Teen screen time

(© olly - stock.adobe.com)

Internet addiction is the problematic, compulsive use of the Internet that results in significant impairments in an individual’s functioning in various aspects of life, including social, work, and academic arenas.

Internet addiction is becoming a worldwide problem. Individual screen time averages have risen to about three hours daily. Many people declare that their internet use is “compulsive.” In fact, more than 30 million of the United Kingdom’s 50 million internet users acknowledge that their compulsive, habitual use of the Internet is adversely affecting their personal lives by disrupting relationships and drawing attention away from responsibilities.

Teens addicted to their internet-connected devices have significant alterations in their brain function, worsening addictive behaviors and prohibiting normal development. Internet addiction, powered by uncontrollable urges, disrupts their development, psychological well-being, and every aspect of their lives – mental, emotional, social, and physical.

A study by scientists at University College London identified the extensive changes to young brains, especially those of children aged 10 to 19 years. A 10-year study, which concluded in 2023, collected the findings from 237 adolescents who had been officially diagnosed with internet addiction.

Screen time: Teen girl looking at social media on smartphone
Teens addicted to their internet-connected devices have significant alterations in their brain function, worsening addictive behaviors and prohibiting normal development. (© Monkey Business – stock.adobe.com)

Effects on brain function

Using functional magnetic resonance imaging (fMRI), scientists examined different areas of the brain and diverse types of brain function both at rest and while performing tasks. Some parts of the brain showed increased activity, and some parts showed decreased activity. The most significant changes occurred in the connectivity in the part of the brain critical for active thinking and decision-making.

Alterations in brain function show up as addictive behaviors and deterioration in both thought and physical capabilities. The teens’ still immature brains suffered changes that adversely affected intellectual function, physical coordination, mental health, development, and overall well-being.

The brain is in an especially vulnerable stage of development in adolescence. It is more susceptible to internet-associated compulsions. Some of the compulsions were nonstop mouse clicking and consumption of social media. The damage can be profound, with dire consequences. It can manifest as problems in maintaining relationships, lying about online activities, and disturbed eating and sleeping patterns. The sleep disruption interferes with daytime concentration and chronic fatigue.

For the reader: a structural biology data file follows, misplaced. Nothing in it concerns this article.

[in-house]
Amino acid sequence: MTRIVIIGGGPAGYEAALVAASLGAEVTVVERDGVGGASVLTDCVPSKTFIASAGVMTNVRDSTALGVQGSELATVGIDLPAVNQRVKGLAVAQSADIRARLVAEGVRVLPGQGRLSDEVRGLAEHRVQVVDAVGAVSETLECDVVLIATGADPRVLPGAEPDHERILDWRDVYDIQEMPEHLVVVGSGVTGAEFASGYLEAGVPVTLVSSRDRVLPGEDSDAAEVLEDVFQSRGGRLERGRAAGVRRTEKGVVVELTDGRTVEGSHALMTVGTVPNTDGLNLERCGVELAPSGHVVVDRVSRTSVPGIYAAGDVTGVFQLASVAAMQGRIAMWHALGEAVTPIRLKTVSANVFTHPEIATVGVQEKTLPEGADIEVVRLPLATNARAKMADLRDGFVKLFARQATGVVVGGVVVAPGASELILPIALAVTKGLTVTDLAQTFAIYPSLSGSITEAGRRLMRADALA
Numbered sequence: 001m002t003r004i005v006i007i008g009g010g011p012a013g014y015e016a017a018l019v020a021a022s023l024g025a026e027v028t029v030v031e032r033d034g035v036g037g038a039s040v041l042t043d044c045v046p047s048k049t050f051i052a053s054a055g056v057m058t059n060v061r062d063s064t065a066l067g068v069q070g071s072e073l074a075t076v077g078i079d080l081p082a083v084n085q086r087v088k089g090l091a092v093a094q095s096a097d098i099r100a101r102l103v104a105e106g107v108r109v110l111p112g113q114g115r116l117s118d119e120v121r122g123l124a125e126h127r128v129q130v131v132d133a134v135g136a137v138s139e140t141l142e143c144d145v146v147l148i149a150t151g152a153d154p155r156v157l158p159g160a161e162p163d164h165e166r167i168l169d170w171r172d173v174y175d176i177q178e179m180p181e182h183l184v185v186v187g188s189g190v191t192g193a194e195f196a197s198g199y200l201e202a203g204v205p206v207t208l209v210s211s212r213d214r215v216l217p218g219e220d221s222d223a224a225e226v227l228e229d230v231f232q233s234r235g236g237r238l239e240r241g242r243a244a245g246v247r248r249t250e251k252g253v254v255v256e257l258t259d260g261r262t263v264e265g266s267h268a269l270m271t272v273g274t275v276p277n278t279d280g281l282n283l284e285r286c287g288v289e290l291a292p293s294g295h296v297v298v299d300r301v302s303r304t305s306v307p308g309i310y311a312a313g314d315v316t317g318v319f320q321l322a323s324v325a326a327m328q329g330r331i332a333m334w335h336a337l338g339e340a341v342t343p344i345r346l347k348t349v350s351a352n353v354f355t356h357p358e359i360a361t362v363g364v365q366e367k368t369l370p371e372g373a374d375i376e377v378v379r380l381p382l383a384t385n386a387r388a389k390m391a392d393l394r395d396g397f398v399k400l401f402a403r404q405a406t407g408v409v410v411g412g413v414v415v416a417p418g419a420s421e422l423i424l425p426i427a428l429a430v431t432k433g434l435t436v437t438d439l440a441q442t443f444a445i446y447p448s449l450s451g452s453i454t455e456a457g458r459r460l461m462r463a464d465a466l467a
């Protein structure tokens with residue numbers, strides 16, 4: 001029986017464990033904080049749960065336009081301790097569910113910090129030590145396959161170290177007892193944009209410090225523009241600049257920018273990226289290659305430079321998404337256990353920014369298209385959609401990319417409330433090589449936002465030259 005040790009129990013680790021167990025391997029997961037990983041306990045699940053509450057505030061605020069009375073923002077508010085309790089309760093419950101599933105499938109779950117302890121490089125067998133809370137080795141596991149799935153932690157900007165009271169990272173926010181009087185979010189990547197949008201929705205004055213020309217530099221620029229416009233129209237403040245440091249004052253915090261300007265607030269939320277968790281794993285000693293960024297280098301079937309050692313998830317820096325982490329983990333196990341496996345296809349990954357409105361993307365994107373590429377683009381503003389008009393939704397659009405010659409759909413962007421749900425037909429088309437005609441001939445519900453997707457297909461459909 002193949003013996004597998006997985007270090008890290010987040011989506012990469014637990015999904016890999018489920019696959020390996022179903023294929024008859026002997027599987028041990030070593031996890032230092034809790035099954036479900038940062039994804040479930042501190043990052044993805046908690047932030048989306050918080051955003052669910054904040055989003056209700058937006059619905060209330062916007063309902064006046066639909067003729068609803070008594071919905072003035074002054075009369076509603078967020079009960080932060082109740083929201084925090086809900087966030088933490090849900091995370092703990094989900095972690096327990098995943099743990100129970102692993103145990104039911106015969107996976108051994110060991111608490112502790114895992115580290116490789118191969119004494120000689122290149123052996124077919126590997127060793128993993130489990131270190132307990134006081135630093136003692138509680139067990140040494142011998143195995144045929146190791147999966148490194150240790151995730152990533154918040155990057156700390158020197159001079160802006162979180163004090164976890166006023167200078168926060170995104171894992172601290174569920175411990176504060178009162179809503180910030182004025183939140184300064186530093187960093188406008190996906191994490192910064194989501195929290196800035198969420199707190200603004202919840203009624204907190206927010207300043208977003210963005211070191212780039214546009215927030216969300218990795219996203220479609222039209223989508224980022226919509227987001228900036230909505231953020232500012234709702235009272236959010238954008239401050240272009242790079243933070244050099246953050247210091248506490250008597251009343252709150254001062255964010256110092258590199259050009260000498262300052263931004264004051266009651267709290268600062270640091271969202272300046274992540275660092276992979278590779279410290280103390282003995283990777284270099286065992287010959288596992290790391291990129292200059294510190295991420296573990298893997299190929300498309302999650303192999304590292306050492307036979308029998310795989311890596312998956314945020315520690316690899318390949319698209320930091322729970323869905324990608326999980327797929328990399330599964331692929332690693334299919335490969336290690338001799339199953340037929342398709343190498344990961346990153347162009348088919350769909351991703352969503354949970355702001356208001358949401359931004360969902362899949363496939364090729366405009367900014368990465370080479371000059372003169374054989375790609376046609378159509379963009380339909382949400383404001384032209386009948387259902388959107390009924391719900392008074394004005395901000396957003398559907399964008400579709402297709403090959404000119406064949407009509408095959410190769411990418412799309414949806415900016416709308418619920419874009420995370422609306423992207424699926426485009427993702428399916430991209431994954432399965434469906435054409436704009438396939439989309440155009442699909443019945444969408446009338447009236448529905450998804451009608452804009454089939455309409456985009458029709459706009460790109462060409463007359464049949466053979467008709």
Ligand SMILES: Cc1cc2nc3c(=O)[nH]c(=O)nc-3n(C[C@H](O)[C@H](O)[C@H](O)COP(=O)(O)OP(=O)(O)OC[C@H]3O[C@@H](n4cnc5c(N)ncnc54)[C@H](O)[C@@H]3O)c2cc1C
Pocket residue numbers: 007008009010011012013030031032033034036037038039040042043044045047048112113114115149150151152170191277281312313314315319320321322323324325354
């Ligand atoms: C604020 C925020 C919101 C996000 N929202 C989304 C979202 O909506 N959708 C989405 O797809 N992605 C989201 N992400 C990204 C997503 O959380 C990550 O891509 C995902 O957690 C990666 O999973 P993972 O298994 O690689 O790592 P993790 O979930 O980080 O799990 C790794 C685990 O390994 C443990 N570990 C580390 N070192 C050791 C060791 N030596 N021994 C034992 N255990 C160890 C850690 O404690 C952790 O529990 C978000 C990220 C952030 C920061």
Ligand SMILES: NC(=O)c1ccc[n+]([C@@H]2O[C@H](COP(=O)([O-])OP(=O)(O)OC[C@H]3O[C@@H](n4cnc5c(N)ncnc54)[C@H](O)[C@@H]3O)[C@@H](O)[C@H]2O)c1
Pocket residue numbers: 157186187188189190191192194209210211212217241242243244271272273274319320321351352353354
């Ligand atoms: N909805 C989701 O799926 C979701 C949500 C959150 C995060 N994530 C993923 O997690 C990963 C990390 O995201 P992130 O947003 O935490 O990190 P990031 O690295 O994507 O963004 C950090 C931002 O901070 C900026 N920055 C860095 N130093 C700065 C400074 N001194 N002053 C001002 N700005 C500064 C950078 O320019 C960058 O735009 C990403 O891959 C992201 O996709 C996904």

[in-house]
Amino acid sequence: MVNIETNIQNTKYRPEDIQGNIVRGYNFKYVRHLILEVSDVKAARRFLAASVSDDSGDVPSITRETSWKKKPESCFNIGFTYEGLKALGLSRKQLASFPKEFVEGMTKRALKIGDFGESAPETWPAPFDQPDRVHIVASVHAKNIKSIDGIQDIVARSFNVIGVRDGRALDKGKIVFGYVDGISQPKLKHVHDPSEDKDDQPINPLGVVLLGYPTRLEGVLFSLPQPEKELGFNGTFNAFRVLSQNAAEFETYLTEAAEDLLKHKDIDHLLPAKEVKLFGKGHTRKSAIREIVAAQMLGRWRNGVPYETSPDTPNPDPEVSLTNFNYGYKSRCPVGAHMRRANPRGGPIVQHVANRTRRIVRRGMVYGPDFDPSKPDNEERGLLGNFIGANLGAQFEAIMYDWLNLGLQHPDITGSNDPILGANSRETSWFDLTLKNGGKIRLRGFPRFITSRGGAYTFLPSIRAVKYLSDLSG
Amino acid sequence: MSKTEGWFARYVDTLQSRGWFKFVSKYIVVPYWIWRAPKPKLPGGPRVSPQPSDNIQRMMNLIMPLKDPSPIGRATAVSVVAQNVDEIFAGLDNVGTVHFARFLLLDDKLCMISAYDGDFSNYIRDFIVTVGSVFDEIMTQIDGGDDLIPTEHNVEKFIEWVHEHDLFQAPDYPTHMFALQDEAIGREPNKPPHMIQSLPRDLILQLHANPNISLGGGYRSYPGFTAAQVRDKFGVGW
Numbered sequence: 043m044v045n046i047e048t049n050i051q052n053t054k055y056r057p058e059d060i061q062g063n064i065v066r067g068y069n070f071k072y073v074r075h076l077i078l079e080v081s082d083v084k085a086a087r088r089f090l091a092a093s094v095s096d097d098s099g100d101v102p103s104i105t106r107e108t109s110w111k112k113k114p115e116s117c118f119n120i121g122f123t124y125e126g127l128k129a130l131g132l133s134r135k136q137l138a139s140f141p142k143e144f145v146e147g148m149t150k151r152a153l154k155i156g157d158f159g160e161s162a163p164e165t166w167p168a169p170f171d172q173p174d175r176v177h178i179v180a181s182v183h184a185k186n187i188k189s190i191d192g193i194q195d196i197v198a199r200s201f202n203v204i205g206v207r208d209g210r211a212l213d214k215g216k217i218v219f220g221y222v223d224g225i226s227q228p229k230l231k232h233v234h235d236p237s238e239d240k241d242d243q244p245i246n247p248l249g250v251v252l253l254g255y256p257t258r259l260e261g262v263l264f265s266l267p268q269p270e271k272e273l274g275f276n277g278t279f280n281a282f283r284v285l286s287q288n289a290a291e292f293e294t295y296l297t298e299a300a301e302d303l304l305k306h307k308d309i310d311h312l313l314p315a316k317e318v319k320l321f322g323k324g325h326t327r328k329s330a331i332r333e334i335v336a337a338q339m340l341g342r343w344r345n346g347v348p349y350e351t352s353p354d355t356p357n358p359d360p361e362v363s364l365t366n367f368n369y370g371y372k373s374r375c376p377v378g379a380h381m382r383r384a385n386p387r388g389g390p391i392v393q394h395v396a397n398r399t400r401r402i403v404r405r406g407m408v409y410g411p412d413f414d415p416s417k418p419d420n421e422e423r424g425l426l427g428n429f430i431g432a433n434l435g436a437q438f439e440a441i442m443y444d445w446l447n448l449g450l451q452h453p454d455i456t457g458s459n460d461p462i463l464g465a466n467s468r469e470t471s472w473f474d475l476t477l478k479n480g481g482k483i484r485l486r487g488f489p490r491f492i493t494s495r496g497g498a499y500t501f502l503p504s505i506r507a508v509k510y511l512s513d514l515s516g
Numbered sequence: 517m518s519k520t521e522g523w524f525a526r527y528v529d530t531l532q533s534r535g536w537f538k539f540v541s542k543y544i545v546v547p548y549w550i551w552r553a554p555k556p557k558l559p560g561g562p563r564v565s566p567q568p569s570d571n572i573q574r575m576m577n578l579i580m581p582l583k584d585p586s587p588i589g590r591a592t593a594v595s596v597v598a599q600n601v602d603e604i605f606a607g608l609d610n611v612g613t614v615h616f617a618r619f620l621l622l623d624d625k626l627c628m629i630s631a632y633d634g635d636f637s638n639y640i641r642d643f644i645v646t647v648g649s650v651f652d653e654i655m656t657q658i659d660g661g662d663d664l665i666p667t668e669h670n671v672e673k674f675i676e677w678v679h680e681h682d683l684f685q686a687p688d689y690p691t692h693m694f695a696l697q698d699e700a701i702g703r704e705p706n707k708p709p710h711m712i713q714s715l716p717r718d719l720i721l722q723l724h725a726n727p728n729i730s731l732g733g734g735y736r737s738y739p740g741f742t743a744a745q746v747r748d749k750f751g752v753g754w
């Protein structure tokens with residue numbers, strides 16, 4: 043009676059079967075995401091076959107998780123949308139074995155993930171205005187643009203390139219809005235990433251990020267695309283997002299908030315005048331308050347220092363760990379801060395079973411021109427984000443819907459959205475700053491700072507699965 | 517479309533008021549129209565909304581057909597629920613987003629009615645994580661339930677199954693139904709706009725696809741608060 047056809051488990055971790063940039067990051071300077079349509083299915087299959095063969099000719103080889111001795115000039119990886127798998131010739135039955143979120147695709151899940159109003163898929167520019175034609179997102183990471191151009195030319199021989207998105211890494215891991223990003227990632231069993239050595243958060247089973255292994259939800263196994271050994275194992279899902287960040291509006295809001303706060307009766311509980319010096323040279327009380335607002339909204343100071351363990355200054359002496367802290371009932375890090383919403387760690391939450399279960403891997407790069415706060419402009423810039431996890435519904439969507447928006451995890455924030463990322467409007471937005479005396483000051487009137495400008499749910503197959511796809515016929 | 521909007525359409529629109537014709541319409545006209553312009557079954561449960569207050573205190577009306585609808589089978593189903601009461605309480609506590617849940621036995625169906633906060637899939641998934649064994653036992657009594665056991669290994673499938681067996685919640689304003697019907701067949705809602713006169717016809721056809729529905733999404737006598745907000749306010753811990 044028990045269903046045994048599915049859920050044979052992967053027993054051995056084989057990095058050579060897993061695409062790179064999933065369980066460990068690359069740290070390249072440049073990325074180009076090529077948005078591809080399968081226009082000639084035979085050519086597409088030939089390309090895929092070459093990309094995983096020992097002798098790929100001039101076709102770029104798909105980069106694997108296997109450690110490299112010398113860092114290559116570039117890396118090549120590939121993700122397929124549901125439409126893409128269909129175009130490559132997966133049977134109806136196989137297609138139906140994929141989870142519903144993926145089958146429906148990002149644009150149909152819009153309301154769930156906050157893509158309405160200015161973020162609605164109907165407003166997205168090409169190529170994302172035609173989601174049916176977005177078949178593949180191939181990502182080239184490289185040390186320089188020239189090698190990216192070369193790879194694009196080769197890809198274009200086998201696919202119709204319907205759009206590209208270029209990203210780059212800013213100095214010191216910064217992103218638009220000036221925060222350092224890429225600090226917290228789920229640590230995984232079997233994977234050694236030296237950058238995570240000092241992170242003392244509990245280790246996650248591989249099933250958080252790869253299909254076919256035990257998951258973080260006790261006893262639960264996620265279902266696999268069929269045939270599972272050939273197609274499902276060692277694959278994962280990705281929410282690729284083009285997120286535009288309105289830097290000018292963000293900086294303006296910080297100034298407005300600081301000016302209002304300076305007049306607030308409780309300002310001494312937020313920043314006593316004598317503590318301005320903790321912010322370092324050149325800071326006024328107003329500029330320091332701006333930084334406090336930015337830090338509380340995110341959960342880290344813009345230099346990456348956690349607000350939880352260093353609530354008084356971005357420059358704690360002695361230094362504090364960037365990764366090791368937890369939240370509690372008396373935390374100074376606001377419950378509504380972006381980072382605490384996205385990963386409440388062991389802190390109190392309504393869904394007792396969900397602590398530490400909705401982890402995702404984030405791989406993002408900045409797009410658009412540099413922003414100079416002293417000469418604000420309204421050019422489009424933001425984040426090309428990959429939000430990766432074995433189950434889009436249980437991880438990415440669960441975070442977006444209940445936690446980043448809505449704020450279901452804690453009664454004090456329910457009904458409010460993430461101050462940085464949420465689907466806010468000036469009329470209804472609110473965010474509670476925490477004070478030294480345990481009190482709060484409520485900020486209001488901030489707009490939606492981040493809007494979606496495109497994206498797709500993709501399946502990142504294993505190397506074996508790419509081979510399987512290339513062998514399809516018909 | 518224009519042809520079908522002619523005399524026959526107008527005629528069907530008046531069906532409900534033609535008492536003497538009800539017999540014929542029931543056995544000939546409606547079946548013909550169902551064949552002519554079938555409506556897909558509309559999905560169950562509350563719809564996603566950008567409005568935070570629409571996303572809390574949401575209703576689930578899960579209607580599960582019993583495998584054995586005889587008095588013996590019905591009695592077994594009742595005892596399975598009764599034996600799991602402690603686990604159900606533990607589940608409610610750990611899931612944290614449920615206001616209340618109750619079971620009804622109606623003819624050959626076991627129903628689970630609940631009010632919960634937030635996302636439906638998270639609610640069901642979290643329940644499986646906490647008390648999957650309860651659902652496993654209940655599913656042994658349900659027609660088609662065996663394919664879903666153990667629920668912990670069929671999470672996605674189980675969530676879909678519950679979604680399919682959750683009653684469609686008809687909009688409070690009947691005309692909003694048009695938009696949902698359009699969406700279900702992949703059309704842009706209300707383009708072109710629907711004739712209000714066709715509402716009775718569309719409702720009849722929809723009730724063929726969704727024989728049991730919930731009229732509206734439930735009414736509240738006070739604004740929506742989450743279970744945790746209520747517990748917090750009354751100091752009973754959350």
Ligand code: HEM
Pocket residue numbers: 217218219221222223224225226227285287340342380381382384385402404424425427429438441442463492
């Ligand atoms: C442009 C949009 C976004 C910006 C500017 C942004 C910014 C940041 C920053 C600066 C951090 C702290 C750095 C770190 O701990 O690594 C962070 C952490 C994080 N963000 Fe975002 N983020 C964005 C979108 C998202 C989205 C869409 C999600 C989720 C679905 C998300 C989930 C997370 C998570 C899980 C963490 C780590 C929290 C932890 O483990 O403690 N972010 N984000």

Brain function is not the only thing altered in teens with internet addiction. Anxiety, depression, and social isolation are all severe consequences of their irresistible compulsions. Additional significant concerns include cyberbullying and exposure to inappropriate material, resulting in emotional distress and a distorted perception of reality.

Physical health deteriorates because the addicted teen is sedentary, leading to weight gain, obesity, and related health conditions. Social skills suffer such that face-to-face engagements are problematic. The teen does not “grow out of it.”

Experts on adolescent behavior admit that the Internet does have significant benefits, but trouble starts when computer use interferes with daily routines and responsibilities. Treatments might target specific brain regions or involve psychotherapy and family therapy to tackle the fundamental symptoms of internet addiction. In addition, educating parents about the signs of digital dependency could serve as a vital preventive measure, helping them manage their children’s screen time and impulsive behaviors more effectively.

The study does more than reveal the underlying brain changes caused by internet addiction. It also emphasizes the necessity for proactive measures to mitigate its impact on teens’ health and development.

About Dr. Faith Coleman

Dr. Coleman is a graduate of the University of New Mexico School of Medicine and holds a BA in journalism from UNM. She completed her family practice residency at Wm. Beaumont Hospital, Troy and Royal Oak, MI, consistently ranked among the United States Top 100 Hospitals by US News and World Report. Dr. Coleman writes on health, medicine, family, and parenting for online information services and educational materials for health care providers.

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